Mitchell also knew the park's first ranger, Sally Morrison, who was working part time at the park and living at the site. Mitchell went to school with Sally and another early board member who was doing contract work for the park, Jerry Hudson. They were all graduates of Lake Wales High School where the school mascot was a Highlander. This group of Highlanders was instrumental in putting together the first board of directors.

Mitchell and Hudson were founding board members. Sally Morrison recruited Al and Mardi Krause. She knew AI Krause from his work mapping and surveying the caves on the Dudley property. Mardi Krause had been to the farm many times and had become the official photographer for the park on a volunteer basis. Sally also recruited Ed and Karen Sherwood who lived next door. Mitchell recruited me, Betty Wood, and Dorothy and-Eugene Carter. We held the organizational meeting on a weekday after work so everyone could attend.

It was in the early fall 1995 and the air was crisp. We sat on logs and lawn chairs around a fire between the pump house and the cane grinding shed. Except for Sally Morrison, Mardi Krause, and Eugene Carter, we all became board members. Buck Mitchell was elected as our first President, Dorothy Carter as Secretary and Betty Wood as treasurer. Al Krause and I were elected vice presidents. This was the easy part of the evening. We then moved on to the task of writing the bylaws. The park service had provided an example, so rather than go over all the basics, we spent most of the evening working out the details of the timing of the annual meeting, selected to be held prior to Cane Day, and defining the membership classes.

Al Krause agreed to take on the monumental task of converting the notes to legal form, filing for corporate status with the State of Florida, and filing for nonprofit status with the Internal Revenue Service. He did a wonderful job and was rewarded by being moved up to President the following year. I took over the reins from AI Krause and filled the role of President for four years. In 2003 Nancy McIntosh was elected President.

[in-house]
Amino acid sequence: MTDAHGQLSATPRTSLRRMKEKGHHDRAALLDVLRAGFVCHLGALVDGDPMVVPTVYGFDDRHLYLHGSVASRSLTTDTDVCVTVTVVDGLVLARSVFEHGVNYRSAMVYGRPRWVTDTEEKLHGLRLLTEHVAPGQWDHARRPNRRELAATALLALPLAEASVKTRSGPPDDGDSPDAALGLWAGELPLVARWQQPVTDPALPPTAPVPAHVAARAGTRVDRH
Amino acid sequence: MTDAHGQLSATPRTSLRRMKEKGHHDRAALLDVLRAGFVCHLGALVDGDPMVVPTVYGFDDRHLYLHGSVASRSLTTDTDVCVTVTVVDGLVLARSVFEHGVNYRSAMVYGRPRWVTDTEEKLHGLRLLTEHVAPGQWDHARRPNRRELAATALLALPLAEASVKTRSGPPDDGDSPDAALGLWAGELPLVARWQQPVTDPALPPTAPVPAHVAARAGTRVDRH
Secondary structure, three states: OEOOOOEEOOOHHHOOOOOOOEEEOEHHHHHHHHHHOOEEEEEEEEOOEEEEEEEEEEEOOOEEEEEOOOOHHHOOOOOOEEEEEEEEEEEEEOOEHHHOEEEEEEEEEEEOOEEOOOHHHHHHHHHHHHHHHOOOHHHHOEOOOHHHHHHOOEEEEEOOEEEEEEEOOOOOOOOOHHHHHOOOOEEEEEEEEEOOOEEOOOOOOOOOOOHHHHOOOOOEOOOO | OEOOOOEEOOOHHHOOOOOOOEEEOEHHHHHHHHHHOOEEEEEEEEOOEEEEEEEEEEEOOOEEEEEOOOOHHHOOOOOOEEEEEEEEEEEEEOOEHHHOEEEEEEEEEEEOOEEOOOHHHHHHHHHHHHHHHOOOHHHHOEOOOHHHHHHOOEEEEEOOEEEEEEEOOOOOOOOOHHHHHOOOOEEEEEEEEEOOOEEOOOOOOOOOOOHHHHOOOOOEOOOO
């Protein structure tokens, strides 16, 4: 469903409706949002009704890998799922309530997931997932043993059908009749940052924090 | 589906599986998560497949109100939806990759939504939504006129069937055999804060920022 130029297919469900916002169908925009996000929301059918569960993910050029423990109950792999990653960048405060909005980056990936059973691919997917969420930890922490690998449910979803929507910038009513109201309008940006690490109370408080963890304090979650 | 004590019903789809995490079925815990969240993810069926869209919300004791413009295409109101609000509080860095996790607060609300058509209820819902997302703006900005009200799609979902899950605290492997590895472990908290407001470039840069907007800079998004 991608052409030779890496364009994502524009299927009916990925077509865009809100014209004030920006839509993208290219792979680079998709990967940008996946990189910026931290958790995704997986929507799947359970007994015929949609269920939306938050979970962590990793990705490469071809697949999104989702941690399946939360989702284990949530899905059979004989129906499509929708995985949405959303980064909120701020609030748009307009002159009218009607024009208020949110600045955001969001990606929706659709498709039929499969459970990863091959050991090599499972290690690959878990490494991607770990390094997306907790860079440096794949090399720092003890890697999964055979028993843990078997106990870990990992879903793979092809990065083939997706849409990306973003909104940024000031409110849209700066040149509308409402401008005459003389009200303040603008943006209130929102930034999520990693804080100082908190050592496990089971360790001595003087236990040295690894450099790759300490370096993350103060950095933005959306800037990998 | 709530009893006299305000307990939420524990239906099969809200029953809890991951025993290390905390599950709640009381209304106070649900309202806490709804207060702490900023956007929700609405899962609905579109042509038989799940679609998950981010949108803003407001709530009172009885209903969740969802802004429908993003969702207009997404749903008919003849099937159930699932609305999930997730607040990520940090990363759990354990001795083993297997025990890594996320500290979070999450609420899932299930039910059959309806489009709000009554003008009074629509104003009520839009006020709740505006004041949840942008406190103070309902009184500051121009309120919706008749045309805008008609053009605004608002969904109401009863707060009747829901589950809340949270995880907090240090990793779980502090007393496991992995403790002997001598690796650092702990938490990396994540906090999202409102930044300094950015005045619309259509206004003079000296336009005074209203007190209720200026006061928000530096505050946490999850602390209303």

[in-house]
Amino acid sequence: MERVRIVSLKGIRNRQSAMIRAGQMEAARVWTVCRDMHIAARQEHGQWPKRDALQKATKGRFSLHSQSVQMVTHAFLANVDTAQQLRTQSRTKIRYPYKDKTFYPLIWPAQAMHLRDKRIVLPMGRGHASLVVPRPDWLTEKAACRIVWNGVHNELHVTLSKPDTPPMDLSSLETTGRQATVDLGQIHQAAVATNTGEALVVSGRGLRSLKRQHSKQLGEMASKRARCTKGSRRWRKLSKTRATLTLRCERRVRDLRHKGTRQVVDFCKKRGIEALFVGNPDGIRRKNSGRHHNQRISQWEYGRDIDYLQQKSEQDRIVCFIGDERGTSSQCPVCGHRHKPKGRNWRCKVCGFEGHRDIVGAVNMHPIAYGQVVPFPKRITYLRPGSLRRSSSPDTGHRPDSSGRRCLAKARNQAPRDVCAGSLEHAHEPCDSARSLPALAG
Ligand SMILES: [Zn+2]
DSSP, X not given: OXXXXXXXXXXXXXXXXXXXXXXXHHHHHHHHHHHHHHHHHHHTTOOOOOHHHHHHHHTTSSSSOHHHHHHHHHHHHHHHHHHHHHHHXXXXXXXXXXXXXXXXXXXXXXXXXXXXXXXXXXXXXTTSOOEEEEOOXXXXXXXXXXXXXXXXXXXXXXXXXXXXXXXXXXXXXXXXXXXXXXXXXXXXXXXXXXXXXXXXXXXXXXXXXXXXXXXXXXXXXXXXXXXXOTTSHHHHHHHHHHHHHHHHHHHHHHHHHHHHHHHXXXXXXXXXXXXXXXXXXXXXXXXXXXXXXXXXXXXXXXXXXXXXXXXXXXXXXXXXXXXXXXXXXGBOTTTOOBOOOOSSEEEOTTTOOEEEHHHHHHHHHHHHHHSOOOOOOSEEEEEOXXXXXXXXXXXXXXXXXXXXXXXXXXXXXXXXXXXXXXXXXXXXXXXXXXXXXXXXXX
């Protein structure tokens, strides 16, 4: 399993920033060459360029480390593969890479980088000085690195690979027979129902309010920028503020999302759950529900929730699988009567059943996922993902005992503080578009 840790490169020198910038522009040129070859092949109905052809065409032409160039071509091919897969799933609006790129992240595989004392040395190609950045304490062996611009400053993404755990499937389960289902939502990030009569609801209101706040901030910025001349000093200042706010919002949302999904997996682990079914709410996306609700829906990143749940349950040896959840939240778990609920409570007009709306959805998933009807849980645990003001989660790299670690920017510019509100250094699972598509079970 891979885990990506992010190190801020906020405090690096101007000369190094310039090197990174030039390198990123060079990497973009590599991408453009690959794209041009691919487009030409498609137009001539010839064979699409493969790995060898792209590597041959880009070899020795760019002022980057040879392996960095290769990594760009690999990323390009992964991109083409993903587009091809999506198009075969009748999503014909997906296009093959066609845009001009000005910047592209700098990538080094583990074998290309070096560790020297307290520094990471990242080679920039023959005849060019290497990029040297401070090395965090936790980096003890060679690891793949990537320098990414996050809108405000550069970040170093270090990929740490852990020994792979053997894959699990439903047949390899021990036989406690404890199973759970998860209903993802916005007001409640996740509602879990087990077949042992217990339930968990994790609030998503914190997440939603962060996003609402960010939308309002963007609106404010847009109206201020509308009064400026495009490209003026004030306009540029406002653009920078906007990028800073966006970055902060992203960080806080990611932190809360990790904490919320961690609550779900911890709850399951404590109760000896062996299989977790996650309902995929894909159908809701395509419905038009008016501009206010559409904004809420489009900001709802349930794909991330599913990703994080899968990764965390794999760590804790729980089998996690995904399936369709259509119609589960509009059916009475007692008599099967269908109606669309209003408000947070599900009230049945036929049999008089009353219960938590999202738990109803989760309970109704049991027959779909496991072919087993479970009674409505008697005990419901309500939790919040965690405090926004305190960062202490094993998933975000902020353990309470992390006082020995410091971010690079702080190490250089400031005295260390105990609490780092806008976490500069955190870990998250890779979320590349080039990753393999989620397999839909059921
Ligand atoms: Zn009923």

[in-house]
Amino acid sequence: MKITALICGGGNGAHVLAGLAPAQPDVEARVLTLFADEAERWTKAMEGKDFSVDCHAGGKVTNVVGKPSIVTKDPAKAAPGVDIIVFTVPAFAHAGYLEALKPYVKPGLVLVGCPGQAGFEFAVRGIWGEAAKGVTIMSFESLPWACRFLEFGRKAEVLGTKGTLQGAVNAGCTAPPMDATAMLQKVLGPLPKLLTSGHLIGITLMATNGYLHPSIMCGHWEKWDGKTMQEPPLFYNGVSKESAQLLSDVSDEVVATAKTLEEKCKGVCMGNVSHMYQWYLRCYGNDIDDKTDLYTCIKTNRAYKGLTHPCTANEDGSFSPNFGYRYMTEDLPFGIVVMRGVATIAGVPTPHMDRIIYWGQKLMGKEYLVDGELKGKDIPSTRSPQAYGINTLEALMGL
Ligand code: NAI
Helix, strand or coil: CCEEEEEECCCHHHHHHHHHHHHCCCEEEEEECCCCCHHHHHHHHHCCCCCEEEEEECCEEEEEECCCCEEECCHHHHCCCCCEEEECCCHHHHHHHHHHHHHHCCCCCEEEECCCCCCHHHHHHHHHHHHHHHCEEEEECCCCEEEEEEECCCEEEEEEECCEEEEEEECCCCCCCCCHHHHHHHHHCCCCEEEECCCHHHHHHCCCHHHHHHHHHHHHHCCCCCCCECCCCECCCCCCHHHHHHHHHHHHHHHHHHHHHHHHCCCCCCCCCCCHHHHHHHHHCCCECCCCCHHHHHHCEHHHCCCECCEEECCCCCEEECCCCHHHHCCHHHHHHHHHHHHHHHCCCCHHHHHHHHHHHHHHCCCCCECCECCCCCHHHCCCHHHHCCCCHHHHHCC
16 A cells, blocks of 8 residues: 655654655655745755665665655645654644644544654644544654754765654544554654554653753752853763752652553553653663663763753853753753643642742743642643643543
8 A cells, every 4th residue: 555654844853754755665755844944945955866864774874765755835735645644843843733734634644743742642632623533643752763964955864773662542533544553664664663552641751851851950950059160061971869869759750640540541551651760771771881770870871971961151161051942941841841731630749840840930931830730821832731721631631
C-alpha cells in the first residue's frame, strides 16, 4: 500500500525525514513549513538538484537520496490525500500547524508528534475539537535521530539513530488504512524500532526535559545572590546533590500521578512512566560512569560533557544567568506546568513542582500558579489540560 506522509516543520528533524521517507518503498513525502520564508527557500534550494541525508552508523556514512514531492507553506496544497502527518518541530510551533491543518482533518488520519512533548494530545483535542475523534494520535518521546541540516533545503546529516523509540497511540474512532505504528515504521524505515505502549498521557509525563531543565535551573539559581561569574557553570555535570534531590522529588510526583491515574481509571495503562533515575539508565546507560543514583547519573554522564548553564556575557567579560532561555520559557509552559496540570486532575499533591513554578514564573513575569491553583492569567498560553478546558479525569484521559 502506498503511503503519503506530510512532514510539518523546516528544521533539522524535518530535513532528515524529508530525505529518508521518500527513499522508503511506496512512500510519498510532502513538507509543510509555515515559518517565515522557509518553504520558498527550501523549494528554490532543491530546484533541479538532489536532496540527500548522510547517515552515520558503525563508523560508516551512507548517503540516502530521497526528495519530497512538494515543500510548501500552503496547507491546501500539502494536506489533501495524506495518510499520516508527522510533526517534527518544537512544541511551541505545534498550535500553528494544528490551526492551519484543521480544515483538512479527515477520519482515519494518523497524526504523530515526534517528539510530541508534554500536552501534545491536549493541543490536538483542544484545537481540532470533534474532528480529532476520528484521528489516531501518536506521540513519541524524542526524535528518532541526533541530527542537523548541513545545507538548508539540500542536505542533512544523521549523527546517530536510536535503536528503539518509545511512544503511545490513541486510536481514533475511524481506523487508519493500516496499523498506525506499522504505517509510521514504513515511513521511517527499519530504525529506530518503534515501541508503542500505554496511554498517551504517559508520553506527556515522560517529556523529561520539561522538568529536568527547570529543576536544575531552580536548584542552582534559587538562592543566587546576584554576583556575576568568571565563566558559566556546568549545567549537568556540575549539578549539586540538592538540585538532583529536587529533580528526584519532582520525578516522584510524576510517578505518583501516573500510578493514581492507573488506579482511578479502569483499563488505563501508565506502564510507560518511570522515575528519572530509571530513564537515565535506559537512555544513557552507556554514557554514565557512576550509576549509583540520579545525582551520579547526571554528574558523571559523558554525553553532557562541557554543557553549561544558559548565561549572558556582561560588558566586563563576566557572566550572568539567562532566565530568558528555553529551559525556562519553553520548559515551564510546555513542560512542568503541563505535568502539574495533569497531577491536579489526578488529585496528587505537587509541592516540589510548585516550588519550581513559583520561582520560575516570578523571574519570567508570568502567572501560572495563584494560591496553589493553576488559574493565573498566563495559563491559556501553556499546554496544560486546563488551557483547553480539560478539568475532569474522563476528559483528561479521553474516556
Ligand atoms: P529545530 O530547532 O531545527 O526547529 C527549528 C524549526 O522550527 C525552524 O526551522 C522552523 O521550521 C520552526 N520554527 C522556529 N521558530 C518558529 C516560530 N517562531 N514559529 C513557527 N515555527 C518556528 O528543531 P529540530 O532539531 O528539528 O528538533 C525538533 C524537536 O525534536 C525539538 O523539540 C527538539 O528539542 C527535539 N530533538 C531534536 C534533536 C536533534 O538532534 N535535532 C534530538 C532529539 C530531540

In 2004 the initial organization was formed and all the board members interviewed recalled numerous battles in the early days. We fought to preserve the artifacts, get funding, buy additional land, build the infrastructure, and secure the staff needed to handle park visitors. In addition, we often fought to define the role of Friends of Dudley Farm as a Citizens Support Organization. Today life as a board member seems tame to many who were there for those early battles. Things are running smoothly at the park and with the Friends of Dudley Farm Citizens Support Organization. Mitchell said at the start of his interview that he is "tickled that the board kept it going so well". It was a sentiment echoed by all the original board members and I am sure all the members of Friends of Dudley Farm are also "tickled" that things at the farm and within the CSO are going so well.